Clooney next co-starred with Ewan McGregor and Kevin Spacey in The Men Who Stare At Goats, which was directed by his friend Grant Heslov and released in November 2009. Also in November 2009, he voiced Mr. Fox in Wes Anderson's Fantastic Mr. Fox. The same year, Clooney starred in Up in the Air, which was initially given limited release, and then wide-released on December 25, 2009. For his performance in the film, which was directed by Jason Reitman, he was nominated for a Golden Globe, a Screen Actors Guild Award, BAFTA and an Academy Award.

Clooney is represented by Bryan Lourd, Co-Chairman of Creative Artists Agency (CAA).

Humanitarian work
Clooney in Abéché, Chad in January 2008 with the UNClooney has been active in advocating a resolution of the Darfur conflict. His efforts include appearing on an episode of Oprah and speaking at the Save Darfur rally in Washington, D.C., on April 30, 2006. On March 25, 2007, he sent an open letter to German chancellor Angela Merkel, calling on the European Union to take "decisive action" in the region in the face of Omar al-Bashir's failure to respond to the UN resolutions.

In April 2006, he spent ten days in Chad and Sudan with his father to make a film in order to show the dramatic situation of Darfur's refugees. In September of the same year, he spoke in front of the Security Council of the UN with Nobel Prize-winner Elie Wiesel to ask the UN to find a solution to the conflict and to help the people of Darfur. In December, he made a trip to China and Egypt with Don Cheadle and two Olympic winners to ask both governments to pressure Sudan's government.

After making his first trip to Darfur in 2006 with his father Nick, Clooney made the TV special "A Journey to Darfur", and advocated for action in the US. The documentary was broadcast on American cable TV as well as in the UK and France. In 2008, it was released on DVD with the proceeds from its sale being donated to the International Rescue Committee.

Clooney is involved with Not On Our Watch, an organization that focuses global attention and resources to stop and prevent mass atrocities, along with Brad Pitt, Matt Damon, Don Cheadle, and Jerry Weintraub. He narrated and was co-executor producer of the documentary Sand and Sorrow. Clooney also appeared in the documentary film Darfur Now, a call to action film for people all over the world to help stop the ongoing crisis in Darfur. The film was released on November 2, 2007. In February 2009, he visited Goz Beida, Chad with NY Times columnist Nicholas Kristof. In January 2010. he organized the Telethon Hope for Haiti Now, which collects donations for the 2010 Haiti earthquake victims.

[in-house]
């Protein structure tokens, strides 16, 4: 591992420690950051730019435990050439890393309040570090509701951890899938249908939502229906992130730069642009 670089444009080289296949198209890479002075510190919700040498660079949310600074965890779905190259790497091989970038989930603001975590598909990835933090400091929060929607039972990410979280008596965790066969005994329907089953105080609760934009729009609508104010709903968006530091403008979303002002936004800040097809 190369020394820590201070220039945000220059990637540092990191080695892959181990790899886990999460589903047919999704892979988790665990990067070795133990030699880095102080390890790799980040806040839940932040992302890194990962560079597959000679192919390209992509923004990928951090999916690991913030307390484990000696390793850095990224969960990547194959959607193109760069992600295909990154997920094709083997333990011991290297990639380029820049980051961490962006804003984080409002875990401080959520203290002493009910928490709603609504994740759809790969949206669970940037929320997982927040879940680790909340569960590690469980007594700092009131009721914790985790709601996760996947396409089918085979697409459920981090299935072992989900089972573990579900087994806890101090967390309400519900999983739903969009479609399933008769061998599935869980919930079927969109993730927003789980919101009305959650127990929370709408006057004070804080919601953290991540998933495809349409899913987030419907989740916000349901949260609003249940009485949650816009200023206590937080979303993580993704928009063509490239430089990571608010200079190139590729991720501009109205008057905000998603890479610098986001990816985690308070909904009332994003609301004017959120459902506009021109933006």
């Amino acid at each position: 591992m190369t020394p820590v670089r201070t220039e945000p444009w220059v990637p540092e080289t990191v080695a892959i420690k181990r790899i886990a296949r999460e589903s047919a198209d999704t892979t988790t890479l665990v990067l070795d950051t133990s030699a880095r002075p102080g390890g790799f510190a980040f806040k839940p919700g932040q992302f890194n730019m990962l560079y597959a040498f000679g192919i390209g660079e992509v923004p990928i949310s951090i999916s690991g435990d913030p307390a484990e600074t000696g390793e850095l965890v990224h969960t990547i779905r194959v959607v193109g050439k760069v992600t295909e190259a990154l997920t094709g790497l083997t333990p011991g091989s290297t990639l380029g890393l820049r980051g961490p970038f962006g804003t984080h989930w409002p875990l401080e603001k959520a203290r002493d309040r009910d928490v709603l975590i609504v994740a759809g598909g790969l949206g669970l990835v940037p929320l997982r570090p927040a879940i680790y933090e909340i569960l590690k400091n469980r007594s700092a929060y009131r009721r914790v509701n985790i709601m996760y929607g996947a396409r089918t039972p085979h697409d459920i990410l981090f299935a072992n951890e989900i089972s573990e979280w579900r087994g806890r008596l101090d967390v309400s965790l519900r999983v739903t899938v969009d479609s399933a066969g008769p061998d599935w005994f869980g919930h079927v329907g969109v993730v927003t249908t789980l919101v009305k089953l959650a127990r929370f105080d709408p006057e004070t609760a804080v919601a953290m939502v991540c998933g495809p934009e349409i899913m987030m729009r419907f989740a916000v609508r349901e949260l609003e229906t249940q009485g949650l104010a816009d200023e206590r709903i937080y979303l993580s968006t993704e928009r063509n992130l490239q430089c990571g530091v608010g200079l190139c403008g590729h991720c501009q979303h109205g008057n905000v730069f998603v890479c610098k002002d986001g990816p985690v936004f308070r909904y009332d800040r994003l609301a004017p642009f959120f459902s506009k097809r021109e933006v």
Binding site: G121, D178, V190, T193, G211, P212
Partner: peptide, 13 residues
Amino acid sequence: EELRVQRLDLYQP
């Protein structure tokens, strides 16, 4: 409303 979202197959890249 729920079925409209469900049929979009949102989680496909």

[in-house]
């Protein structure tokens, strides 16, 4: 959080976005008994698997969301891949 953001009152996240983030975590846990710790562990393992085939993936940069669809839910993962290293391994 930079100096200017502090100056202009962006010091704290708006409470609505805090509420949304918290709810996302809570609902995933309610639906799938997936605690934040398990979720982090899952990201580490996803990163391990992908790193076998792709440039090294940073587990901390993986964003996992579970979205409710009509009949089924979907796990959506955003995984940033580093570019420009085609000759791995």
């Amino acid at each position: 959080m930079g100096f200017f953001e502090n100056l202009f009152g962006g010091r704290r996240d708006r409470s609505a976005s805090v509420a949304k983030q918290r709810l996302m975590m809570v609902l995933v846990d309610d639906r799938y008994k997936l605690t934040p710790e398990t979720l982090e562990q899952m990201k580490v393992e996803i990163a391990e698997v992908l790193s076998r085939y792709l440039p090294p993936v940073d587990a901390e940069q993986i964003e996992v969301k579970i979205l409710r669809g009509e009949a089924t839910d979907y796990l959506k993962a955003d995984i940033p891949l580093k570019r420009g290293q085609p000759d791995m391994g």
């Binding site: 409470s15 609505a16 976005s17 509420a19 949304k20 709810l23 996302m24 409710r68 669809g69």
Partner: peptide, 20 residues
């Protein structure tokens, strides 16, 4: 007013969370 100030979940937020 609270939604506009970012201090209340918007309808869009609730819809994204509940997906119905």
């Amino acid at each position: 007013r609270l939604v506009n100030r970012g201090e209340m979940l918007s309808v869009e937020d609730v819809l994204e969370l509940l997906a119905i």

Clooney discusses Sudan with President Barack Obama at the White House in October 2010.On December 13, 2007, Clooney and fellow actor Don Cheadle were presented with the Summit Peace Award by the Nobel Peace Prize Laureates in Rome. In his acceptance speech, Clooney said that "Don and I…stand here before you as failures. The simple truth is that when it comes to the atrocities in Darfur…those people are not better off now than they were years ago." On January 18, 2008, the United Nations announced Clooney's appointment as a United Nations messenger of peace, effective from January 31.

In the media
Clooney is one of three people to have been given the title of "Sexiest Man Alive" twice by People Magazine, first in 1997 and again in 2006. Clooney has appeared in commercials outside the US for products like Fiat, Nespresso and Martini vermouth, and has lent his voice to a series of Budweiser ads beginning in 2005.

Clooney was named one of Time magazine's 100 Most Influential People in the World in 2007, 2008, and 2009.

South Park creators Matt Stone and Trey Parker lampooned Clooney, among other stars, in their feature film Team America: World Police. Clooney later said that he would have been offended if he hadn't been made fun of in the film. He was also mentioned in the South Park episode "Smug Alert!", which mocks his acceptance speech at the 78th Academy Awards.

Political views
Clooney is a self-described political liberal. In 2003, he opposed the Iraq war, saying: "You can't beat your enemy anymore through wars; instead you create an entire generation of people seeking revenge.... Our opponents are going to resort to car bombs and suicide attacks because they have no other way to win.... I believe (Rumsfeld) thinks this is a war that can be won, but there is no such thing anymore. We can't beat anyone anymore."